State legislators head into the homestretch with a budget deadline fast approaching

by | Apr 29, 2019

With the clock ticking down on the 2019 legislative session, House and Senate leaders are working to reach a compromise on a spending plan for next year — the only  piece of legislation that the Legislature is required to pass during their 60-day session.

Lawmakers have until Tuesday in order to reach a budget agreement if they are to have any hope of ending by Friday night. State law requires a 72-hour waiting period between the time a budget deal is reached and when lawmakers are able to vote on plan. The waiting, or cooling off period, is intended to give legislators more time to study budgets and have a better understanding of what they contain before voting on them.

Appropriations chairs for both the House and Senate spent the weekend hashing out the remaining differences. Any differences that remain after today will be bumped up to the Senate president and House speaker for a final resolution.

While budget negotiations go on behind the scenes, lawmakers continue to work to reach compromises on other key pieces of legislation before Friday’s scheduled close.

One of those key bills — a criminal justice reform measure — was passed in the Florida House Monday morning. The reforms cover a variety of issues intended to reduce the number of prisoners in Florida’s correctional system which totals close to a 100,000 and end the cycle of prison that so many inmates find themselves in once they are convicted and sentenced to prison.

One way it does that is by raising the felony threshold — the point at which a theft goes from a misdemeanor to a felony — from $300 to $750.

“We all know that theft is wrong,” said Rep. Byron Donalds, R-Naples.  “The question is, ‘At what point are you going to be branded a felon for the rest of your life?’ Because once your a felon in this system, there’s no coming back from that.”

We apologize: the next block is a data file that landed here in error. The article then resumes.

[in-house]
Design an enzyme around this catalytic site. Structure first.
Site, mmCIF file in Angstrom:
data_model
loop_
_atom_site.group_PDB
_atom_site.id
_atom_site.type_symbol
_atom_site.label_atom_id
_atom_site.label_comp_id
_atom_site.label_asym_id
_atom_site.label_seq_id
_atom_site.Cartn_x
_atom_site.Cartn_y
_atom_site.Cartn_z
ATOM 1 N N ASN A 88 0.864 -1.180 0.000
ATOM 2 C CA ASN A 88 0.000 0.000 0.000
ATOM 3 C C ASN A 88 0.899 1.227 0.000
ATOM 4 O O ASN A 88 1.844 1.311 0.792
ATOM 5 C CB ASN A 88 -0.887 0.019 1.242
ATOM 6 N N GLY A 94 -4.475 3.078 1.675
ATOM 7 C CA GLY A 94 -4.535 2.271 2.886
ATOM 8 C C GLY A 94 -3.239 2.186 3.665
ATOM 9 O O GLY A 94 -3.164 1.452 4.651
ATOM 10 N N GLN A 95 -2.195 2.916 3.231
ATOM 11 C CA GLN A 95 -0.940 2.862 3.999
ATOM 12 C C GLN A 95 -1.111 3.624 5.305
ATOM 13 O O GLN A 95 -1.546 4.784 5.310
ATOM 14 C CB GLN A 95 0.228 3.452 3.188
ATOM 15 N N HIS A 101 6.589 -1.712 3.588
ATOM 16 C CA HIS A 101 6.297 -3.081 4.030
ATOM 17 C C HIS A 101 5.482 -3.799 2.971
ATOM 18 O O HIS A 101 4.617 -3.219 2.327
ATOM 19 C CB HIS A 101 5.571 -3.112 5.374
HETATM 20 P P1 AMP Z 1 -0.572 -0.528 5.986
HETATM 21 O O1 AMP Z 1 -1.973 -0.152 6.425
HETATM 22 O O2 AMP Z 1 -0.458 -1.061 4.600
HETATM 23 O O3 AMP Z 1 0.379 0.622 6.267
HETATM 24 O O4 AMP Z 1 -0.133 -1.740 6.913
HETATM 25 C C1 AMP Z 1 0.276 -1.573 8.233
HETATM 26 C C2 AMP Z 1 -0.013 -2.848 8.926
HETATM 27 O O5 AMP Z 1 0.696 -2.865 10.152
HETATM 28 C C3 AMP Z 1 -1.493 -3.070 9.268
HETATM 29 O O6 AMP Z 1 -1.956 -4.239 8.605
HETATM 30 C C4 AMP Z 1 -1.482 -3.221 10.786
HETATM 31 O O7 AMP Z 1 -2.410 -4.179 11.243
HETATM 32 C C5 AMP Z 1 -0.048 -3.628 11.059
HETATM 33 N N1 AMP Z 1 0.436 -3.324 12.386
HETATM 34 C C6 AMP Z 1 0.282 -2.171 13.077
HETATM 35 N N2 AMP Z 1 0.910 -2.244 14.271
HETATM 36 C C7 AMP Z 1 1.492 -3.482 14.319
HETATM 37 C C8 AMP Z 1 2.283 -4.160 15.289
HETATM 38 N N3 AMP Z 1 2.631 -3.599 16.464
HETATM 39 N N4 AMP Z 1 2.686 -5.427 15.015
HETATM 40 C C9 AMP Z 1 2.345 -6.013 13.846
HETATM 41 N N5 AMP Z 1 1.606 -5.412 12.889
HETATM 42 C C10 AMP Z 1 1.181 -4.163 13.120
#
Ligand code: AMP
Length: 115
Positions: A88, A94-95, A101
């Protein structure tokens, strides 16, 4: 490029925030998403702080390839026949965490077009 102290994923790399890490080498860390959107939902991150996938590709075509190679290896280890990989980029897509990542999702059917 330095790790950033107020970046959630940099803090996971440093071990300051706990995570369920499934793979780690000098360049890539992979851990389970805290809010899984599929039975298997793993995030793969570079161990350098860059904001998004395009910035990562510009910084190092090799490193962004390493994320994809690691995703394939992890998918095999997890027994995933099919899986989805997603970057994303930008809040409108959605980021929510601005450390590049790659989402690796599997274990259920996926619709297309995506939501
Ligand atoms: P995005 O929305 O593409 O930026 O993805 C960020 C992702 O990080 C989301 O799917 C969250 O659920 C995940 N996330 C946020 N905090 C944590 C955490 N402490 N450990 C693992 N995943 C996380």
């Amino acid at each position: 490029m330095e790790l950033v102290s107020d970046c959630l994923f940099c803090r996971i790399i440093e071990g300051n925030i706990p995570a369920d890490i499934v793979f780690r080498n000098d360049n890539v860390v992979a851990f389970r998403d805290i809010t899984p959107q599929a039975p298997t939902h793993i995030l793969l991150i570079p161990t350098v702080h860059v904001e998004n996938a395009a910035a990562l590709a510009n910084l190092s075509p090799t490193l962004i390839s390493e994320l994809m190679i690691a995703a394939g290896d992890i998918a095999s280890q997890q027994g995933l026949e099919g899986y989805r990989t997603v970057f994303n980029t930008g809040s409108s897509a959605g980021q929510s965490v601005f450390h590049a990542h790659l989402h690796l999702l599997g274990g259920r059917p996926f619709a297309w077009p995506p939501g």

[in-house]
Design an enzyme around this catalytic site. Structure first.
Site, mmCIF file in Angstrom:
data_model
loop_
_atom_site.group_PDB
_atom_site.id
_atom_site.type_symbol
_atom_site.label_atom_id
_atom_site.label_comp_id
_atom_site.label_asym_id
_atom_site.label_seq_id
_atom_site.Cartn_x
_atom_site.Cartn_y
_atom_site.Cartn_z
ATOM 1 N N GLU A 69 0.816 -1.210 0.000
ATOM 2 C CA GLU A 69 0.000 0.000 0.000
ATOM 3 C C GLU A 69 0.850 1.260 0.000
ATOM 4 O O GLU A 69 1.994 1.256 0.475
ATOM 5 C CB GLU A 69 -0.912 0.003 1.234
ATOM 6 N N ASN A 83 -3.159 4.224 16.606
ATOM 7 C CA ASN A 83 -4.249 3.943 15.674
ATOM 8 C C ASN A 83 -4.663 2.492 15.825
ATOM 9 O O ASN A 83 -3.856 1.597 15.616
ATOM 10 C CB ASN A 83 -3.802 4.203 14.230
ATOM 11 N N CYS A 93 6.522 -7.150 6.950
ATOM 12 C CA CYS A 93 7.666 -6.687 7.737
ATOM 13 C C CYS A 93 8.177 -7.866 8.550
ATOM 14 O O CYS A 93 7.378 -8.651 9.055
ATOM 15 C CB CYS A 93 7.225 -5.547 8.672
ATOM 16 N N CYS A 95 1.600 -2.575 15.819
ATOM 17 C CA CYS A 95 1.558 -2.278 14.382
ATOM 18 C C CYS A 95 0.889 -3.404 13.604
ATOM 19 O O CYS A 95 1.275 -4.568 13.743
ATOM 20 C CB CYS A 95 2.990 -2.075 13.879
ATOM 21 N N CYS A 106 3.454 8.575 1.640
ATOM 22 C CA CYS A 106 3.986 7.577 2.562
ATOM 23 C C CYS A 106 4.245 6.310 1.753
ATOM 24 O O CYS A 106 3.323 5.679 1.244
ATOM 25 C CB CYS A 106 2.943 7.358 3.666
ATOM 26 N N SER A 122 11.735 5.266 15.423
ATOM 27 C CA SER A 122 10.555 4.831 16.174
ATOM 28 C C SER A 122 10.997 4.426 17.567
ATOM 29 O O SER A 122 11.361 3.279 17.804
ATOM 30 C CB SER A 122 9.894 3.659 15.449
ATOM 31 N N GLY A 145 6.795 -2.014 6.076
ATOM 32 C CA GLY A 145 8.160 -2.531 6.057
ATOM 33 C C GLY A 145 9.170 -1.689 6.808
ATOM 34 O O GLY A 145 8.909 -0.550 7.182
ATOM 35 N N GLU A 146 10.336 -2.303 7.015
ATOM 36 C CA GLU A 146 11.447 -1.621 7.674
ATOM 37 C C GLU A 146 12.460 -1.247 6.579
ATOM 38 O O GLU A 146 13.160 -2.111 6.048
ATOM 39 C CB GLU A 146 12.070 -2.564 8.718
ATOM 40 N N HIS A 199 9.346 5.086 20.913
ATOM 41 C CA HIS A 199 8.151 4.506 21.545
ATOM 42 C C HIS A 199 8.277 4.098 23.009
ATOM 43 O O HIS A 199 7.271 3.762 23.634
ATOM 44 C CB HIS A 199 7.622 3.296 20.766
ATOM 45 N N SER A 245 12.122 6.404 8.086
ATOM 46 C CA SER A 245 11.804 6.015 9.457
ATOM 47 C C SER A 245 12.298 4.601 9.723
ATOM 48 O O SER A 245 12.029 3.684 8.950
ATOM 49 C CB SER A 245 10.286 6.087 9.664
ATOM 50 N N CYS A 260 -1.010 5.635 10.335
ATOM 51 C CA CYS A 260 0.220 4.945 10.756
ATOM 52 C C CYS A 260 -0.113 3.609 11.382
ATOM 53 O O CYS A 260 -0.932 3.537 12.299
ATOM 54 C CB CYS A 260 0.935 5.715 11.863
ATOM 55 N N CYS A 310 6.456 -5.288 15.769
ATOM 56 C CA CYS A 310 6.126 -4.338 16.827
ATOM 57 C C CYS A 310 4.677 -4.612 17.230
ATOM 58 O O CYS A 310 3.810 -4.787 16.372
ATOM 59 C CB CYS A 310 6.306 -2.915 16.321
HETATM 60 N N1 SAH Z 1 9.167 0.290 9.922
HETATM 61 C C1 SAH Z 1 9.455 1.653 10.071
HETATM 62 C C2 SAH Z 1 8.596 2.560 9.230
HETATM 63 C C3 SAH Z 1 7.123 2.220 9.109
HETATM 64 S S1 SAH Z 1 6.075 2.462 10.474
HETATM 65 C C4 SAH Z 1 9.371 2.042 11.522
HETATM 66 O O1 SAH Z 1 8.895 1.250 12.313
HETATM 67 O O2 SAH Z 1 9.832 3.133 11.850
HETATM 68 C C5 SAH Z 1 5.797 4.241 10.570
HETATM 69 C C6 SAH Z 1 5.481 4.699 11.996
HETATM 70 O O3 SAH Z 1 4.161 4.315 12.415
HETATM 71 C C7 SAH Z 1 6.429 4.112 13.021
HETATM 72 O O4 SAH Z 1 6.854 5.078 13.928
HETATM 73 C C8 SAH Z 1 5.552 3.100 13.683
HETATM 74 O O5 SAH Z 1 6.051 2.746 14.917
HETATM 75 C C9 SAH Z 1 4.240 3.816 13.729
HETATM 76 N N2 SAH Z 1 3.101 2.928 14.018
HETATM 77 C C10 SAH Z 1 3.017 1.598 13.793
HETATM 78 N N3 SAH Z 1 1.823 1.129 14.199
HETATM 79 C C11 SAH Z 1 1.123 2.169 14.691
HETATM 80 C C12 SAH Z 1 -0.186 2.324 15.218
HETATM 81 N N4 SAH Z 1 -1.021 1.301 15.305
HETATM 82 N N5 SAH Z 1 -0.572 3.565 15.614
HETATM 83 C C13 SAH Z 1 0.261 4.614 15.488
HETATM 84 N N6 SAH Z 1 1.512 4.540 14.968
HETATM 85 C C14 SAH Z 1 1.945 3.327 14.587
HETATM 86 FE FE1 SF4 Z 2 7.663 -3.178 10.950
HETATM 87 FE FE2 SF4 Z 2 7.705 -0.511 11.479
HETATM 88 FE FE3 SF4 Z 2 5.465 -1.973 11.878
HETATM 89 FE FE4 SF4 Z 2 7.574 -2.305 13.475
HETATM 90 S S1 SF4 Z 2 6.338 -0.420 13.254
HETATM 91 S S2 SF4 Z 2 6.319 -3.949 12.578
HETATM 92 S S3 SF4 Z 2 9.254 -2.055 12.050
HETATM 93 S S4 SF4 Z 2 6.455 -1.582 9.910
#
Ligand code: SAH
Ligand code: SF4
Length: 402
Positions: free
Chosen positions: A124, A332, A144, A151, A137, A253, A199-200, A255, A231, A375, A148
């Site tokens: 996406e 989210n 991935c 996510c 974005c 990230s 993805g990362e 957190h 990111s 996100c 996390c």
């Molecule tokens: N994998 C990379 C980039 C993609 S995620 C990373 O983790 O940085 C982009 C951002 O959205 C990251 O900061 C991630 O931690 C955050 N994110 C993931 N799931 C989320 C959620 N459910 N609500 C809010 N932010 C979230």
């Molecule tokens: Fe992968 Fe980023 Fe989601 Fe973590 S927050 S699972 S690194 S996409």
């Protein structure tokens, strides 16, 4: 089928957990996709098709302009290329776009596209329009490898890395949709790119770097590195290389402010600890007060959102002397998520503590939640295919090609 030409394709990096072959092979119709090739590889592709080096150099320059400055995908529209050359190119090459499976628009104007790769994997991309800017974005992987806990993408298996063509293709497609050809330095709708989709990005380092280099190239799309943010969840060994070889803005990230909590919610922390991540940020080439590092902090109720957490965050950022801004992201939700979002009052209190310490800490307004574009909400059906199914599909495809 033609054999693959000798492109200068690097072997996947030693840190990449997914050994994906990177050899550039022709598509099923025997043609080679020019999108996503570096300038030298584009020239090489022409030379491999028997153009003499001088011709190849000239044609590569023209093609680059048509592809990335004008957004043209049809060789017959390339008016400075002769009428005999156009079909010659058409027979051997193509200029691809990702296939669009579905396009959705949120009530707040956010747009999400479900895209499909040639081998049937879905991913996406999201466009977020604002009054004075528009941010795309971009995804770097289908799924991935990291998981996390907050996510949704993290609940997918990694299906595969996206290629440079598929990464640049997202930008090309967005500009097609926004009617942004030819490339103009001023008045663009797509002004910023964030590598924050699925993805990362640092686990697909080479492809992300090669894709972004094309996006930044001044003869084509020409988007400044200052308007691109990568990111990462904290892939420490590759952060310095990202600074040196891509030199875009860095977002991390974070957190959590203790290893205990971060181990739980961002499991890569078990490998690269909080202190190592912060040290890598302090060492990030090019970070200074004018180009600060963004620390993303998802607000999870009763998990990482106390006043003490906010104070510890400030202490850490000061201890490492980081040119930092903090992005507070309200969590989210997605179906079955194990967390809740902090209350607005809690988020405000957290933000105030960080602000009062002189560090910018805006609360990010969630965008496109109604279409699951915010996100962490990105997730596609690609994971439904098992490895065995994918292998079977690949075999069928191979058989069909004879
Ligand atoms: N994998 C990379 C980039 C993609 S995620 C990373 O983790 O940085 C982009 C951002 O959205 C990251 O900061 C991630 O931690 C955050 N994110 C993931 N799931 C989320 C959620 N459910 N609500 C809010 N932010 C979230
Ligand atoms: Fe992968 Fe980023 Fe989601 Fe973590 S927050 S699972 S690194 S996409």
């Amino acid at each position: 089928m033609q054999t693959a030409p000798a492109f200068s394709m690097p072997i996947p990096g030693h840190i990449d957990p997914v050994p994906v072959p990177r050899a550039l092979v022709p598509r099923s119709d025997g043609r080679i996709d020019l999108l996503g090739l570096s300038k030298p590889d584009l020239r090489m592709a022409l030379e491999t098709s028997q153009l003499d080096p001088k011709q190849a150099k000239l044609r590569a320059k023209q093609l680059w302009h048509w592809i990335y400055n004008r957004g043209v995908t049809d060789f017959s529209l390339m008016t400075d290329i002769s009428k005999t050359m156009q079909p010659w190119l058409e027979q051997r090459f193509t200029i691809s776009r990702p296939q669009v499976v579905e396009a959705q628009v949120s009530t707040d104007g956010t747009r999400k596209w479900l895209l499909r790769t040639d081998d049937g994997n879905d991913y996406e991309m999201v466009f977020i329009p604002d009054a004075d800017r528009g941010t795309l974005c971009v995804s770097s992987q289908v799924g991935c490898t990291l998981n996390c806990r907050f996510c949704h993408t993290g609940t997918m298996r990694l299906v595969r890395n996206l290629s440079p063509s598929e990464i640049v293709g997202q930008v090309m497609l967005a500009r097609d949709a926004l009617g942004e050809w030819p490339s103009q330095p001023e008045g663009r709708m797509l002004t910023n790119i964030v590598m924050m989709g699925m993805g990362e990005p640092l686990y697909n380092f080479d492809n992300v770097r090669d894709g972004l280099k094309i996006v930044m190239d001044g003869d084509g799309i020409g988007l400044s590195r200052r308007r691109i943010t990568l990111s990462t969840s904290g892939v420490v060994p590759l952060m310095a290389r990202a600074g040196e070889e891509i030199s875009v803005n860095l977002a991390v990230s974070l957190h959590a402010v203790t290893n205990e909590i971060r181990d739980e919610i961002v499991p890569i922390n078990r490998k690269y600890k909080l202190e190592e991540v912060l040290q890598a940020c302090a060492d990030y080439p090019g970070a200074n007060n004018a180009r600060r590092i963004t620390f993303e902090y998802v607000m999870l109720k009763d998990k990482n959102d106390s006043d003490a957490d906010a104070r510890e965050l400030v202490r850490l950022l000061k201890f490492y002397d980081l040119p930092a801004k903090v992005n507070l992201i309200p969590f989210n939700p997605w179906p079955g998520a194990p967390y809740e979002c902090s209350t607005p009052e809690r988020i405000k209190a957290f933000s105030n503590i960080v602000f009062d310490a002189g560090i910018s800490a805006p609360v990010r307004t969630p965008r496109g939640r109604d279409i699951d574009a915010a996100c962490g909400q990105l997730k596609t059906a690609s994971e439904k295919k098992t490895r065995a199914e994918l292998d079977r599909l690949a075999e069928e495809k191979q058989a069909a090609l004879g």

The measure would also make it easier for people with prior felony convictions to get occupational licenses allowing them to become productive members of society.

Only one House member voted ”no.”

“I don’t think we should be soft on crime, because we are not championing the rights of the individual,” said Rep. Mike Hill, R-Pensacola.

The House criminal justice reform bill has some big differences from the Senate version, but the overwhelming vote margin sends a signal the House might be willing to work with the Senate to reach a compromise on the issue in this final week of session. A move the House has failed to make on the issue in recent years.

“This legislation provides a framework that preserves our fifty year low crime rate, but also takes a new approach to low level, non-violent offenders.” said bill sponsor Rep. Paul Renner, R-Palm Coast. “Florida’s prison and sentencing system is long overdue for such reforms, and we believe that initiatives such as reducing barriers to occupational licensing and employment assistance for those with a criminal record will not only allow for meaningful employment opportunities, but also reduce recidivism.”

Also Monday, the Senate passed a proposal that could allow for the importation of cheaper prescription drugs from Canada. The Senate passed the House version of the bill.

“Push that green button,” said bill sponsor Sen. Aaron Bean, R-Fernandina Beach. “It means you’re tired of paying a 1000% markup for prescription drugs.”

 

1 Comment

  1. Adherbal De Souza Neto

    What about the SB for independence of advanced practice registered nurses? We are close to a making FLORIDA one more state where the health care system will be positively impacted. Let’s keep moving and have it resolved once and for all. Status Quo only benefits physicians and lobbyists. The people of Florida deserves a better more options for care.

    Reply

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